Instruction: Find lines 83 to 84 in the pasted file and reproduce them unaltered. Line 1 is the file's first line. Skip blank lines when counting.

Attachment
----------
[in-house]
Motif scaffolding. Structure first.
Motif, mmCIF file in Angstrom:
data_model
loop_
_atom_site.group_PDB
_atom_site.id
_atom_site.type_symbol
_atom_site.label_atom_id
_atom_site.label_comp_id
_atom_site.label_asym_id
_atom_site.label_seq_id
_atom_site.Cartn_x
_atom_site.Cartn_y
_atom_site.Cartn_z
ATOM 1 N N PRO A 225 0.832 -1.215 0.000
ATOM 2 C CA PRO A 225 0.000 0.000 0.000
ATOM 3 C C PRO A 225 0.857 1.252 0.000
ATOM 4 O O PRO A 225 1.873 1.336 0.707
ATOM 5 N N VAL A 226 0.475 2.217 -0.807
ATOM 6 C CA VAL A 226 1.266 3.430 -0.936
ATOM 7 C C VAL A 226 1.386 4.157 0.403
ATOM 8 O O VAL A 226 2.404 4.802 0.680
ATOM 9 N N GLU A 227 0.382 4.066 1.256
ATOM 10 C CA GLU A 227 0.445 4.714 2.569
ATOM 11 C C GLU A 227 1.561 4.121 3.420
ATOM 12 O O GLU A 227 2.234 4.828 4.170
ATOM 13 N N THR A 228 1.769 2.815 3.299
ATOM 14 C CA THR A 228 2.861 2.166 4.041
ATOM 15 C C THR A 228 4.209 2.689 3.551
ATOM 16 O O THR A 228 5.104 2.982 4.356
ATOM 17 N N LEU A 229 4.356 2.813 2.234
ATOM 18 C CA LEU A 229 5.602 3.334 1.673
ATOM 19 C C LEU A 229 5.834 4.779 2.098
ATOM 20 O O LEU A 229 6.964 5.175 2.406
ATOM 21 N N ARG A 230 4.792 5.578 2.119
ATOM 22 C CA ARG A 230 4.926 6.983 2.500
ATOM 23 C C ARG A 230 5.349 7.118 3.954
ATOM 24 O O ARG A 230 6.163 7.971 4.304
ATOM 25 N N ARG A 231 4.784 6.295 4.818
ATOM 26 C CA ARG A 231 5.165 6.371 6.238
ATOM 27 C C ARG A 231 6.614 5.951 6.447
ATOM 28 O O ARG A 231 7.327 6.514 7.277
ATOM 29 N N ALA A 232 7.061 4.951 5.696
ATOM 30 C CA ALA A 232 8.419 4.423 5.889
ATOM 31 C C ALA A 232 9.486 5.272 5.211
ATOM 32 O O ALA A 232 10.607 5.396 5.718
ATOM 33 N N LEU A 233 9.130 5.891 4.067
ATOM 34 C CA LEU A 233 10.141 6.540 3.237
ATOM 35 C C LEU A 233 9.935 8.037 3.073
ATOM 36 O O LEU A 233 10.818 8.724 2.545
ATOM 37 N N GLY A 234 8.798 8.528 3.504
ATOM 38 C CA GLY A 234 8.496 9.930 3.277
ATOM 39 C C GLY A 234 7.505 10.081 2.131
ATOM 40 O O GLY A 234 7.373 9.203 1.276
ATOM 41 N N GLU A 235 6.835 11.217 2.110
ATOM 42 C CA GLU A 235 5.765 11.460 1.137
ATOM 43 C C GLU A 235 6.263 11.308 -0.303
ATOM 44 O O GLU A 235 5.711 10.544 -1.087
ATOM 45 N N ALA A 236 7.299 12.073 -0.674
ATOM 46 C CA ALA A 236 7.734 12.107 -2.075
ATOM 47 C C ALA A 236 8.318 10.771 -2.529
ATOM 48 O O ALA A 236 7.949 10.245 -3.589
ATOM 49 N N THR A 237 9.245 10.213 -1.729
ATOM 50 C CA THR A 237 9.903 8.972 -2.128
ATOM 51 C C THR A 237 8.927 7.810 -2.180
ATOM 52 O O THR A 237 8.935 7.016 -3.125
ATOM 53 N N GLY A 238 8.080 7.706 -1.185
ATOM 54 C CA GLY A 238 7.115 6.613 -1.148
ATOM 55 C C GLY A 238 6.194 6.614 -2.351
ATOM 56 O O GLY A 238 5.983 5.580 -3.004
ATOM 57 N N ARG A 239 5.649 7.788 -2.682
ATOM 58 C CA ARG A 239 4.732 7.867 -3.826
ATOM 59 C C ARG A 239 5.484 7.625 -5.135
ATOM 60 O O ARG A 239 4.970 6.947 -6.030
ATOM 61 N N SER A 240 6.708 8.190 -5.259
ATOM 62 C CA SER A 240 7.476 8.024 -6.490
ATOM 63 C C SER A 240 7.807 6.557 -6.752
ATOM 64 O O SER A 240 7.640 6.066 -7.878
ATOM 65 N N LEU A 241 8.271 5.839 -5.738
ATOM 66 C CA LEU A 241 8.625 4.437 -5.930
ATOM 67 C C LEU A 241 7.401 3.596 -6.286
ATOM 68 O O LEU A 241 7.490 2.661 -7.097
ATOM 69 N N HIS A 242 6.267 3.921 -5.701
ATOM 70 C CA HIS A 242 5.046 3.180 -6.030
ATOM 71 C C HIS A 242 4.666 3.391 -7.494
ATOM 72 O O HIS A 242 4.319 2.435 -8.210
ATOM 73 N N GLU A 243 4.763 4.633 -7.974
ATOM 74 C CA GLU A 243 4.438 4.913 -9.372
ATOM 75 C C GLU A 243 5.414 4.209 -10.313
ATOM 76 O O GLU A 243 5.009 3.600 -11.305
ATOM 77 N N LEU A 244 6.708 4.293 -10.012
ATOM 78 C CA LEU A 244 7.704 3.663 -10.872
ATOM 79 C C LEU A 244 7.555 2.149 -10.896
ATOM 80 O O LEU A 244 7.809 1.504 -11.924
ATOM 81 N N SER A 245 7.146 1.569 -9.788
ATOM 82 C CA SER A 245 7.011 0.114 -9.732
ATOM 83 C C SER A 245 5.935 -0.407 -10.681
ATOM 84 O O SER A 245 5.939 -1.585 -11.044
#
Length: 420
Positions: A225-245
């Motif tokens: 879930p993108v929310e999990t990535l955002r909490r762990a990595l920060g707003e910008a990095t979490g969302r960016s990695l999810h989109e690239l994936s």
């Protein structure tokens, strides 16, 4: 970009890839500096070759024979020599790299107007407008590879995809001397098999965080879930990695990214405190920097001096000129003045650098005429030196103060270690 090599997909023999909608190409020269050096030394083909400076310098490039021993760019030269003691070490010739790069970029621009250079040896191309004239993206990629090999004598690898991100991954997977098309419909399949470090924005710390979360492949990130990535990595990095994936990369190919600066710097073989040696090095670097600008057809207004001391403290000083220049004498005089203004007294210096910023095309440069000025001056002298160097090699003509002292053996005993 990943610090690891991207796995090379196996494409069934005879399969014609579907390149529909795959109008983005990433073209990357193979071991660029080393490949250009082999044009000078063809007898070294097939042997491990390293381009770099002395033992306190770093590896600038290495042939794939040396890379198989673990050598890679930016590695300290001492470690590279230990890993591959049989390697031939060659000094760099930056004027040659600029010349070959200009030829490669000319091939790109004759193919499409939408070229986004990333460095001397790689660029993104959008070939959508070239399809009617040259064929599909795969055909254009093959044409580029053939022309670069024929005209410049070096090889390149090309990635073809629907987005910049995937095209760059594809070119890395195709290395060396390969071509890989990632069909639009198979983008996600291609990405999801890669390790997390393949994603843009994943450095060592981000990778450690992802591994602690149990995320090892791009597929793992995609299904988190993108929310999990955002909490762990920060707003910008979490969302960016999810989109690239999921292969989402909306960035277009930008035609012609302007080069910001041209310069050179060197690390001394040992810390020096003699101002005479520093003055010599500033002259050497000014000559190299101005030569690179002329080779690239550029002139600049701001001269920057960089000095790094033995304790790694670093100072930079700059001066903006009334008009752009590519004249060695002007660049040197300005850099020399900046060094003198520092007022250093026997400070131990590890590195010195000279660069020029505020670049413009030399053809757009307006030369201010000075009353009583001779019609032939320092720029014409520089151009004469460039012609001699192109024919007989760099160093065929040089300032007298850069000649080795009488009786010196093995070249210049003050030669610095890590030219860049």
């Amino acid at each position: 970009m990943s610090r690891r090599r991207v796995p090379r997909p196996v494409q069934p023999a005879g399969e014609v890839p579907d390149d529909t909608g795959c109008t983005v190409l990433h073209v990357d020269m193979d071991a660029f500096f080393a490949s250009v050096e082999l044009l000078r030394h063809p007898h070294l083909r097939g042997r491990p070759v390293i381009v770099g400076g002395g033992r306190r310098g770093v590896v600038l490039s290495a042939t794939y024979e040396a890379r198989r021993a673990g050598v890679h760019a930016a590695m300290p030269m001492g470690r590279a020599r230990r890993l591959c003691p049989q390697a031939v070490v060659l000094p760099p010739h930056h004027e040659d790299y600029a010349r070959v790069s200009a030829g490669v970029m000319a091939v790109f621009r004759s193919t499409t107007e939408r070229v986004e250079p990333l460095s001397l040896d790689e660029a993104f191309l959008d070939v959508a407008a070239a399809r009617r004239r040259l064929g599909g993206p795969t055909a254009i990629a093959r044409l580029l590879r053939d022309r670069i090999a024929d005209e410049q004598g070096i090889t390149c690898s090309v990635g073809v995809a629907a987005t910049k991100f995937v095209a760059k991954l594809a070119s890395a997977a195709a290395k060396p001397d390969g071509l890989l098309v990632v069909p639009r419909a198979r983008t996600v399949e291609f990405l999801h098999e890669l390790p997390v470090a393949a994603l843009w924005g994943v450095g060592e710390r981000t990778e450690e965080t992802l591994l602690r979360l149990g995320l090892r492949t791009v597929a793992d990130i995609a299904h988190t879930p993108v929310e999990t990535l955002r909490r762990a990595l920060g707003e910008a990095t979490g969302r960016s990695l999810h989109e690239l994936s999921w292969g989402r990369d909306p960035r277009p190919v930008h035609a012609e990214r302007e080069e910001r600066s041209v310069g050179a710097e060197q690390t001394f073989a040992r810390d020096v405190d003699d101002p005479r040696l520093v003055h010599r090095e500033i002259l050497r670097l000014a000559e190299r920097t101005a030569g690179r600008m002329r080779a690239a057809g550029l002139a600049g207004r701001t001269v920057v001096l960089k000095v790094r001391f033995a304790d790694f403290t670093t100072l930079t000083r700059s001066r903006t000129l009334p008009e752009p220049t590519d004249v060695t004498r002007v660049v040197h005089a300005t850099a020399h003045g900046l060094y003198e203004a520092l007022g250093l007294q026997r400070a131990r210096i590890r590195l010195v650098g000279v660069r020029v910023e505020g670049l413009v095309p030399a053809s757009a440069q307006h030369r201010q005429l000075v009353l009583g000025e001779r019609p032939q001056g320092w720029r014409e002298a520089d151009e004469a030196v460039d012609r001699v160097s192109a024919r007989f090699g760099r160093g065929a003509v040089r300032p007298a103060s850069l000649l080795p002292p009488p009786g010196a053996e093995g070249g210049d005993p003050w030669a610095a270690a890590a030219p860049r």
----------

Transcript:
ATOM 68 O O LEU A 241 7.490 2.661 -7.097
ATOM 69 N N HIS A 242 6.267 3.921 -5.701